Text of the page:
Green technology at the L.A. show

LOS ANGELES, CALIFORNIA - In Los Angeles, where the smog and smoke hang thick, the theme at this year's L. A. Auto Show was green, green and greener.

Everything from electric cars to fuel cell-powered SUVs sat centre stage. Just about every manufacturer had something aimed at reducing the automobile's carbon footprint.

In a touch of la-la logic, the Audi exhibit was burning enough electricity to illuminate a large chunk of Los Angeles. Across the aisle, Chrysler's unmanned booth was all but devoid of light. To quote the Genesis song The Day the Light Went Out, "The dark hung heavy on the air." The picture it painted became more of a talking point than many of the green cars revealed at the show. The scene also spoke to the opposites at the show — high-horsepower gas guzzlers sitting amid next-generation fuel misers.


The good news is that Chrysler showed its trio of electric vehicles — the extended-range Dodge Caravan, an electric Jeep and the Dodge EV. The last is a keeper as it looks like a miniature version of the mighty Viper. Dodge claims the EV can accelerate to 96 kilometres an hour in less than five seconds, run the quarter-mile in 13 seconds and has a top speed of 192 km/h. The upside, as if looks and speed are not enough, is that the zero-emissions racer has a driving range of somewhere between 240 and 320 kilometres per charge.


Mitsubishi showed its cute-as-a-button iMiEV. Its lithium-ion battery and electric motor combine to deliver a driving range of about 160 km. Its batteries can be charged through a regular household outlet. The drawback, as with many electric cars, is that it takes 14 hours when plugged into a 110-volt outlet.

The saving grace is that Mitsubishi has a three-phase, 220-volt charger capable of delivering an 80% charge in 30 minutes. The iMiEV's long wheelbase allows the batteries to be packaged beneath the floor, while the electric motor, inverter, charger and other electronic components are fitted below the trunk floor. Positioning the heavy bits lower in the vehicle drops the centre of gravity, which improves stability while providing the needed space for the occupants and their luggage.


Kia's Fuel Cell Electric Vehicle (FCEV) program took a big step forward with the debut of the Borrego FCEV. When compared with the fuel cell-powered Sportage I drove last year, the Borrego boasts a 44% improvement in power output.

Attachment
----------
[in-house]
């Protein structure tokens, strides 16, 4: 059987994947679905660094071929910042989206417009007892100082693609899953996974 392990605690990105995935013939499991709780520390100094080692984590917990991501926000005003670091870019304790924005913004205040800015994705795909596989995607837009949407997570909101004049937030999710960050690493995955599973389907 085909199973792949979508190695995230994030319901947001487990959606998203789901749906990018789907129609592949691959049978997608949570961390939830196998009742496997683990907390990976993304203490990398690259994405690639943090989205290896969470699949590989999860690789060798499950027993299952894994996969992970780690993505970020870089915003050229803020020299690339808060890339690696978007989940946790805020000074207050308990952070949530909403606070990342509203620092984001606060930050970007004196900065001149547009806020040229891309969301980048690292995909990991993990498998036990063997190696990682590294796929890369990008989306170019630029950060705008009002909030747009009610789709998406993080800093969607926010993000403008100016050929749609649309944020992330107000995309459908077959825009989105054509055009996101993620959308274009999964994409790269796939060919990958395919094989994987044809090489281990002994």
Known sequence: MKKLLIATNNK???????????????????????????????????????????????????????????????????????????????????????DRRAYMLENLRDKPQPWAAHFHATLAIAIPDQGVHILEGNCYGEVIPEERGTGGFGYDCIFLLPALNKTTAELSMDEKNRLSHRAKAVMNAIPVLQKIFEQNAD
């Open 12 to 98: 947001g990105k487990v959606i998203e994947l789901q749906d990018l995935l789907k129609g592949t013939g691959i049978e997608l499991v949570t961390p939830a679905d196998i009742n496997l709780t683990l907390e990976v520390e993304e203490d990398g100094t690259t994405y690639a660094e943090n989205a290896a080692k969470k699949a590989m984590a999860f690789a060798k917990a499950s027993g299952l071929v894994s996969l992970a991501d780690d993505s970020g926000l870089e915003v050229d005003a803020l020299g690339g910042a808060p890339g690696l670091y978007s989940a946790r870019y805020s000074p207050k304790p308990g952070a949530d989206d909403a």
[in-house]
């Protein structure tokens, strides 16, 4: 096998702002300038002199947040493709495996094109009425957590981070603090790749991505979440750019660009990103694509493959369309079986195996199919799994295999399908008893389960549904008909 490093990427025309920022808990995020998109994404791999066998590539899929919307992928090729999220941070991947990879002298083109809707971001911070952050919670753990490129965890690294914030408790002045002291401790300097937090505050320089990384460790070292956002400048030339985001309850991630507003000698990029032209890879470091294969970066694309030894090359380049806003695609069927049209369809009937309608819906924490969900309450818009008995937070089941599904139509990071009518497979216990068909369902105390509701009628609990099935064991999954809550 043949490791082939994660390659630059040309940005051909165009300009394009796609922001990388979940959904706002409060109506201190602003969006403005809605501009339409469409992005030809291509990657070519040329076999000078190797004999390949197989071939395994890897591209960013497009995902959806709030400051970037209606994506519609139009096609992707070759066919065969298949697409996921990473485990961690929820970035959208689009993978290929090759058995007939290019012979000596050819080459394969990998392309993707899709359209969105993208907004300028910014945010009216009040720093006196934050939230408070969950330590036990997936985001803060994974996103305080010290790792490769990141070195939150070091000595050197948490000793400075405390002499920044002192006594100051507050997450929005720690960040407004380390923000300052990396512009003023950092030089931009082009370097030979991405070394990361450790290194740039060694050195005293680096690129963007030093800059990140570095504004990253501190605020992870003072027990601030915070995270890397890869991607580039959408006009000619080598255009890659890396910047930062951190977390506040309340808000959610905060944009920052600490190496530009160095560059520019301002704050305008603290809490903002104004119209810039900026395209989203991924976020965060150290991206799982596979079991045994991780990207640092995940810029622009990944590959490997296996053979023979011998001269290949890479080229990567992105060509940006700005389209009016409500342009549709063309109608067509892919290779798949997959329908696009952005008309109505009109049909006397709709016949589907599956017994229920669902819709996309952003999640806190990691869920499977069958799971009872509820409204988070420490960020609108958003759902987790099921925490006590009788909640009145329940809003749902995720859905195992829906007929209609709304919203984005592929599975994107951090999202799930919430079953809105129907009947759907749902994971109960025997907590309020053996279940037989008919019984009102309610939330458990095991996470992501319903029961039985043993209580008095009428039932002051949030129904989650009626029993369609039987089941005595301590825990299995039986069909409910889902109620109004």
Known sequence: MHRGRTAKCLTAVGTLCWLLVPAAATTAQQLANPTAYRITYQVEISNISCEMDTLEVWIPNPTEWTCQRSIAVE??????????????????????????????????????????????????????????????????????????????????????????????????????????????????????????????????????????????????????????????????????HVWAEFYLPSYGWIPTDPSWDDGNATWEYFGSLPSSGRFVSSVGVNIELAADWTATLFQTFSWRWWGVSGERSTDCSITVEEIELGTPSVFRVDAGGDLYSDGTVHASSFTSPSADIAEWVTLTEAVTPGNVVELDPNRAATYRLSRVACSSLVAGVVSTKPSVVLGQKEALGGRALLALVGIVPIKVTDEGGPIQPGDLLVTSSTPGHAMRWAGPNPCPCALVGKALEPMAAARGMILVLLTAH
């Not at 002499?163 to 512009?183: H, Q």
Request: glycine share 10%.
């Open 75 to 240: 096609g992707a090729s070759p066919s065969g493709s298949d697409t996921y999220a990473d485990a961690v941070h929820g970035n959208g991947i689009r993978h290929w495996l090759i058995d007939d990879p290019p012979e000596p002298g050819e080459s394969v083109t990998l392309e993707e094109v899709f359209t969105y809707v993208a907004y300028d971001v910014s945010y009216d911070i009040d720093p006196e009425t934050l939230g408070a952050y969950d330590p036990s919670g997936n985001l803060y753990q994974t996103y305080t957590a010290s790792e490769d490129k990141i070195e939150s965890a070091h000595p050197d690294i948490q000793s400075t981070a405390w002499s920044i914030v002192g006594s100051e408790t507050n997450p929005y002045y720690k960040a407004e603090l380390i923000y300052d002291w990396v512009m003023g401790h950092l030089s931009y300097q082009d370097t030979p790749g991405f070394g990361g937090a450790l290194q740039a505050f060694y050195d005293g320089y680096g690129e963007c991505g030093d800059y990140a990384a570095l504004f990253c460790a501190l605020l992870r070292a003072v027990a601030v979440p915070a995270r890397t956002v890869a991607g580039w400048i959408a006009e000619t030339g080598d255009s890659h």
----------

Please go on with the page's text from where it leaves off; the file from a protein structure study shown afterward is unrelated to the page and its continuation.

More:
The fuel cell and its 450-volt super-capacitor storage system is capable of putting 154 horsepower to the pavement while boasting a best-in-class system efficiency of 62%. The upshot is a top speed of 160 km/h, an acceleration time of 12.8 seconds to 100 km/h and a driving distance from its 202-litre hydrogen tank of 680 kilometres. The new fuel cell also counters another perennial problem -- it has the ability to start in sub-zero temperatures, which makes it viable for Canada.


Closer to home, Ford revealed the hybrid version of its 2010 Fusion, which will go on sale in the spring. The highlight of this model is its hybrid powertrain. Blending the attributes of a new gasoline-powered engine with those of an electric motor brings a claimed per-tank range of up to 1,120 km.

The new 2.5L engine, which is married to an electronically controlled continuously variable transmission (eCVT), uses variable valve timing on the intake camshaft to produce 155 hp and 136 pound-feet of torque. It also uses the Atkinson cycle to improve efficiency by more than 10% when compared with a conventional engine.

The downside is that this cycle (it delays the closing of the intake valve to reduce pumping losses) typically produces less power. However, the electric side of the hybrid powertrain more than compensates for this shortfall. Expect a gas engine/electric motor combined output of approximately 180 hp.

The Fusion uses a new battery that's smaller, lighter and produces 20% more power. The other big breakthrough is its ability to drive at speeds of up to 75 km/h on electric power only. This is roughly twice the speed of its most obvious hybrid competitors (Nissan Altima and Toyota Camry).

Ford also says the Fusion burns 1.32 L/100 km less gas in the city cycle than the Camry Hybrid.


The big award annually presented at the Los Angeles show is the Green Car of the Year (an award presented by Green Car Journal). The Volkswagen Jetta TDI picked up the honours this year, beating out a diverse crowd including the BMW 335d, Ford Fusion Hybrid, Saturn Vue Two-Mode Hybrid and Smart fortwo.

The jurors (including Jay Leno and Carroll Shelby) selected the Jetta TDI because it "breaks new ground in the field of clean diesels, achieving emissions certification in all 50 states without the use of special additives or extraordinary measures."

The Jetta TDI's highway fuel economy (4.8 L/100 km) was the other important consideration.


in Year